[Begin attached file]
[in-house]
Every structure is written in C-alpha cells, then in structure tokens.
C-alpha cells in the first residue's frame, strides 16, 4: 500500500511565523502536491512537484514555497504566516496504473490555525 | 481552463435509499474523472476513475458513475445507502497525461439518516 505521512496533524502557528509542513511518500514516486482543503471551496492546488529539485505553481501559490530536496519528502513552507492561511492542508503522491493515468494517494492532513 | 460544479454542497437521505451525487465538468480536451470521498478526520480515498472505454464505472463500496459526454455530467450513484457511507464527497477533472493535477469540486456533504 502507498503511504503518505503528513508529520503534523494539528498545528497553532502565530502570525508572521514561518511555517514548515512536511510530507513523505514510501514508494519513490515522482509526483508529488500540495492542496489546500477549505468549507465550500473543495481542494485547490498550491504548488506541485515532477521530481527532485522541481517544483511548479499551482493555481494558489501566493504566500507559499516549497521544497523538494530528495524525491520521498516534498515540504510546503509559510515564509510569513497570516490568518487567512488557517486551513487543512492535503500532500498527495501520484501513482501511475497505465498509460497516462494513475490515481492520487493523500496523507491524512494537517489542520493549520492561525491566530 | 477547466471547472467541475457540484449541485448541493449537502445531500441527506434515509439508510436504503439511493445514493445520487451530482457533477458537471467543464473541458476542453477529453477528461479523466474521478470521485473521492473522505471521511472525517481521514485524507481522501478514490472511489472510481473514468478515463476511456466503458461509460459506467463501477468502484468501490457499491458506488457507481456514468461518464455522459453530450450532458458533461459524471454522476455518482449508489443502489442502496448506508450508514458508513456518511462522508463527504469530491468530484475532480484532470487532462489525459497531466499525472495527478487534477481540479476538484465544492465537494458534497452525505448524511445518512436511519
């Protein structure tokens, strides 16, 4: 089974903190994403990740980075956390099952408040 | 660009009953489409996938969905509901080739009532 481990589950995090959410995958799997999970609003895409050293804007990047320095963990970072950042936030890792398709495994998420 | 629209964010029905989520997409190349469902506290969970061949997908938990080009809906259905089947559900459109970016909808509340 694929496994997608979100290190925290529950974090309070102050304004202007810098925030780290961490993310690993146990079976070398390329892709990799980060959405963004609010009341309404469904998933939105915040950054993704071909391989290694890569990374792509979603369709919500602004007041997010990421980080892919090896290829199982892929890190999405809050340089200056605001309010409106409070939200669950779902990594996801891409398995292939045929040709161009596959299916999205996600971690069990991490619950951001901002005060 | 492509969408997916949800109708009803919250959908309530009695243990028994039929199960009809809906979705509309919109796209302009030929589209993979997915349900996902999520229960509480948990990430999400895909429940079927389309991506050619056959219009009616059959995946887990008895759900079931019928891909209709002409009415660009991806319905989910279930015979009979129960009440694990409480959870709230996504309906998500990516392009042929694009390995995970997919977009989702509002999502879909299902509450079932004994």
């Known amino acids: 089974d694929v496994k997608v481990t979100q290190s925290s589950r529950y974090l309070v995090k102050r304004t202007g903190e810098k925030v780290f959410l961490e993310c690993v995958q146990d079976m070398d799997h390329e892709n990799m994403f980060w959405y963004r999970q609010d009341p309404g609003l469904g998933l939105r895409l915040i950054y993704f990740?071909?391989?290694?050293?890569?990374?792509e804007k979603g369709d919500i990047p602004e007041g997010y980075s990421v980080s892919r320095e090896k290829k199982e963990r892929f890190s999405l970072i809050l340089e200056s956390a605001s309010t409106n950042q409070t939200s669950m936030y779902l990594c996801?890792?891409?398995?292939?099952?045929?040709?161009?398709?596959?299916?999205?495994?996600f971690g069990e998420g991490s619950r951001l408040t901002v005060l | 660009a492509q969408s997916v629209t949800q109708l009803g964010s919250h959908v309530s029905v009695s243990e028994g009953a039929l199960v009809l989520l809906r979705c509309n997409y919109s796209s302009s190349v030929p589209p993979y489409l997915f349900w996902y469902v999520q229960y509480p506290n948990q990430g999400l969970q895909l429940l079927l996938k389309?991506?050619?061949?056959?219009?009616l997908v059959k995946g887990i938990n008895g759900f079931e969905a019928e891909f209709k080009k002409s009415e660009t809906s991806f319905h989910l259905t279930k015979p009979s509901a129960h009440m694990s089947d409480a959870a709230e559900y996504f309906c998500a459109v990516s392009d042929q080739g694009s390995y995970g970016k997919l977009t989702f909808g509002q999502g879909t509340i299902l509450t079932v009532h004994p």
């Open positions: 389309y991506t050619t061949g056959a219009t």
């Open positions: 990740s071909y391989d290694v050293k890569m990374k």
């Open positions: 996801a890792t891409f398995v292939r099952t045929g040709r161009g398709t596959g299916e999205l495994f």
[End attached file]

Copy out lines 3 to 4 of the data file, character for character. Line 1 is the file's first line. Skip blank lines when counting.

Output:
C-alpha cells in the first residue's frame, strides 16, 4: 500500500511565523502536491512537484514555497504566516496504473490555525 | 481552463435509499474523472476513475458513475445507502497525461439518516 505521512496533524502557528509542513511518500514516486482543503471551496492546488529539485505553481501559490530536496519528502513552507492561511492542508503522491493515468494517494492532513 | 460544479454542497437521505451525487465538468480536451470521498478526520480515498472505454464505472463500496459526454455530467450513484457511507464527497477533472493535477469540486456533504 502507498503511504503518505503528513508529520503534523494539528498545528497553532502565530502570525508572521514561518511555517514548515512536511510530507513523505514510501514508494519513490515522482509526483508529488500540495492542496489546500477549505468549507465550500473543495481542494485547490498550491504548488506541485515532477521530481527532485522541481517544483511548479499551482493555481494558489501566493504566500507559499516549497521544497523538494530528495524525491520521498516534498515540504510546503509559510515564509510569513497570516490568518487567512488557517486551513487543512492535503500532500498527495501520484501513482501511475497505465498509460497516462494513475490515481492520487493523500496523507491524512494537517489542520493549520492561525491566530 | 477547466471547472467541475457540484449541485448541493449537502445531500441527506434515509439508510436504503439511493445514493445520487451530482457533477458537471467543464473541458476542453477529453477528461479523466474521478470521485473521492473522505471521511472525517481521514485524507481522501478514490472511489472510481473514468478515463476511456466503458461509460459506467463501477468502484468501490457499491458506488457507481456514468461518464455522459453530450450532458458533461459524471454522476455518482449508489443502489442502496448506508450508514458508513456518511462522508463527504469530491468530484475532480484532470487532462489525459497531466499525472495527478487534477481540479476538484465544492465537494458534497452525505448524511445518512436511519
């Protein structure tokens, strides 16, 4: 089974903190994403990740980075956390099952408040 | 660009009953489409996938969905509901080739009532 481990589950995090959410995958799997999970609003895409050293804007990047320095963990970072950042936030890792398709495994998420 | 629209964010029905989520997409190349469902506290969970061949997908938990080009809906259905089947559900459109970016909808509340 694929496994997608979100290190925290529950974090309070102050304004202007810098925030780290961490993310690993146990079976070398390329892709990799980060959405963004609010009341309404469904998933939105915040950054993704071909391989290694890569990374792509979603369709919500602004007041997010990421980080892919090896290829199982892929890190999405809050340089200056605001309010409106409070939200669950779902990594996801891409398995292939045929040709161009596959299916999205996600971690069990991490619950951001901002005060 | 492509969408997916949800109708009803919250959908309530009695243990028994039929199960009809809906979705509309919109796209302009030929589209993979997915349900996902999520229960509480948990990430999400895909429940079927389309991506050619056959219009009616059959995946887990008895759900079931019928891909209709002409009415660009991806319905989910279930015979009979129960009440694990409480959870709230996504309906998500990516392009042929694009390995995970997919977009989702509002999502879909299902509450079932004994």